“The most difficult decision I’ve made in my entire life…. I made in 1978 when I decided to get a bikini wax.”

Effects in Grid Pro are very elegantly organised and effects variables can be adjusted by mouse movements ( & recorded mouse movements), oscillators and audio or video analysis which can automatically synchronise effects parameters with the sonic or visual dynamics of any sound or video being listened to or played. Both side channels and the main mix channel can be effected separately, and the FX ‘chains’ created can be saved as presets for easy changing to various effects combinations. Grid Pro makes clip processing and variation a snap, and allows unprecedented options for customized real-time adjustment of clips. Most of the FX are high on functionality and low on cheese, and work differently dependent on the order in which they are chained together ( like effects within Adobe After Effects ). The audio analysis is particularly useful, and is easily hooked up to just about any parameter within the program for beat or frequency driven adjustment of your chosen parameter ( eg crossfade time, motion blur, zoom amount etc ). A built-in ‘Font Synth’ enables cycling through text ( or dingbat fonts) with various advanced lay-out and masking options. In short: much pixel grunt, but more stealth ninja than body builder.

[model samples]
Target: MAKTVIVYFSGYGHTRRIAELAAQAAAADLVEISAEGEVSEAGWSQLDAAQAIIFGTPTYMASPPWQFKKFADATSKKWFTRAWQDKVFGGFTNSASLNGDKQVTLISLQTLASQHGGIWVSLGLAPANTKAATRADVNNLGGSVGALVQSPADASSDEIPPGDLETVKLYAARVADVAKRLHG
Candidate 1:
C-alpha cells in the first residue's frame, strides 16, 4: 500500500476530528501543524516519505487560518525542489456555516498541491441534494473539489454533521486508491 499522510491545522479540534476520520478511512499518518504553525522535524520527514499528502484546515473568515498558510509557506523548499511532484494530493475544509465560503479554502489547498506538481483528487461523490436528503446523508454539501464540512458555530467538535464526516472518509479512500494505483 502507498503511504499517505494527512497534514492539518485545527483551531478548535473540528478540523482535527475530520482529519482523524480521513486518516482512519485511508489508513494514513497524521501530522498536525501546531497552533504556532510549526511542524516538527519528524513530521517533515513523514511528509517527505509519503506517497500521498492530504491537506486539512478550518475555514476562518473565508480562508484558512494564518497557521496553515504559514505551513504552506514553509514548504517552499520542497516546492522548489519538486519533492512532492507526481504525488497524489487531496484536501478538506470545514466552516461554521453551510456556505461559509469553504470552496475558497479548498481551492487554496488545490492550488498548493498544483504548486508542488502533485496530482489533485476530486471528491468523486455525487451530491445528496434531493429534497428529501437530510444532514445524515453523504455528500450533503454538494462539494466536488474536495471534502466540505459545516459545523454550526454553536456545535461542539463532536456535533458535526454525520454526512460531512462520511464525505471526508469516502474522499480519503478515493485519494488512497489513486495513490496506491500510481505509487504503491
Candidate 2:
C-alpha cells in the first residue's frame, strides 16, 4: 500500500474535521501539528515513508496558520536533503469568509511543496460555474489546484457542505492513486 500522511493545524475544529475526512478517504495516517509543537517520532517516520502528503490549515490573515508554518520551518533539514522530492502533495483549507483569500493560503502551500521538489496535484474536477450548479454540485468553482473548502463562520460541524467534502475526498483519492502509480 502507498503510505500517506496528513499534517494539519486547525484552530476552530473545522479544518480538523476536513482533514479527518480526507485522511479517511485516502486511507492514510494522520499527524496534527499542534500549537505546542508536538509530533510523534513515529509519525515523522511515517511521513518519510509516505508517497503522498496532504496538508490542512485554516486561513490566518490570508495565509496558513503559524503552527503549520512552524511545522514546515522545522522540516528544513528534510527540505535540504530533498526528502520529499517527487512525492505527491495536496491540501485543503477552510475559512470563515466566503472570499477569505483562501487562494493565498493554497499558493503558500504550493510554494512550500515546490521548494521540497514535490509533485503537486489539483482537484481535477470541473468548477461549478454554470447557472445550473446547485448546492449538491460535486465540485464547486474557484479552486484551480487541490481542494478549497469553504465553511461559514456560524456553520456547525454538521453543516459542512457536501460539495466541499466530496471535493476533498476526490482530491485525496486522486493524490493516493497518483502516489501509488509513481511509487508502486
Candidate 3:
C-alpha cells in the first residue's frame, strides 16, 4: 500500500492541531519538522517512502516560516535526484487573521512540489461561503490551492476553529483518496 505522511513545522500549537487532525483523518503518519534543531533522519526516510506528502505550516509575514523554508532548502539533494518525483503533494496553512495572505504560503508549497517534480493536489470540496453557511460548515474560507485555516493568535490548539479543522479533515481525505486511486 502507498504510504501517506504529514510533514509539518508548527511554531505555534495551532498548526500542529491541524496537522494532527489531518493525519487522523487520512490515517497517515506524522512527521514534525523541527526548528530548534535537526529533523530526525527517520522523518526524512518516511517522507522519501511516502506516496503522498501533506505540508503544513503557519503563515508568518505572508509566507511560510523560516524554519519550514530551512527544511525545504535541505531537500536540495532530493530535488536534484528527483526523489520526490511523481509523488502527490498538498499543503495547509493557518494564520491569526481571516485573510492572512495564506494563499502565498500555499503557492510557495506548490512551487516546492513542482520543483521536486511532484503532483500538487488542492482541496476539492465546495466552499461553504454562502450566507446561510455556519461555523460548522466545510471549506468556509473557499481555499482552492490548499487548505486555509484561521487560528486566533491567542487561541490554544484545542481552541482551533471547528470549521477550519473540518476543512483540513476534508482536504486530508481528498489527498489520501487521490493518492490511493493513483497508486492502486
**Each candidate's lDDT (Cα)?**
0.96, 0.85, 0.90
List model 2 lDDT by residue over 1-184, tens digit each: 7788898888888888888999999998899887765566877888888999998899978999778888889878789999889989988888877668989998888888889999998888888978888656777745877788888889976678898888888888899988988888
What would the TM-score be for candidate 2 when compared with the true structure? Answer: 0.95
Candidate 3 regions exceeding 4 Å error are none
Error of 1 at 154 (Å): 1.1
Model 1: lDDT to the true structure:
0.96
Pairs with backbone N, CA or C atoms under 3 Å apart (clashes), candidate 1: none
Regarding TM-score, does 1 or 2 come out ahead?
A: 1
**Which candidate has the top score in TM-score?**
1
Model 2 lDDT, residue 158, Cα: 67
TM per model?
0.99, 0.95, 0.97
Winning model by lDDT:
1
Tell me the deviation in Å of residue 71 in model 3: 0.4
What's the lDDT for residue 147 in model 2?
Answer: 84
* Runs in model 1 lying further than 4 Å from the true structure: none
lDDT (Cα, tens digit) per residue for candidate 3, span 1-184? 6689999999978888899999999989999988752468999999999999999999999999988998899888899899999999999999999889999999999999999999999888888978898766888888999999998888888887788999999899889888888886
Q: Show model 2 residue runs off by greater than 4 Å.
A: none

“My relationship to power and authority is that I’m all for it. People need somebody to watch over them. Ninety-five percent of the people in the world need to be told what to do and how to behave,”
– current Californian Governor to 33 million people.

Grid Pro ships with a great range of useful and smartly adjustible transitions ( luma-keying, chroma-keying, various blending and wipe modes etc ), allows recording and replay of both clip sequences and overall output, has an excellent customisability (heavily modular structure, easy custom shortcuts), has built-in playback and analysis of mp3 playlists, and even allows for blending of different ways of adjusting clips – eg it allows combining of data such as mouse movement mixed with an oscillator or audio analysis, creating parameter adjustment as smooth or chaotic as preferred.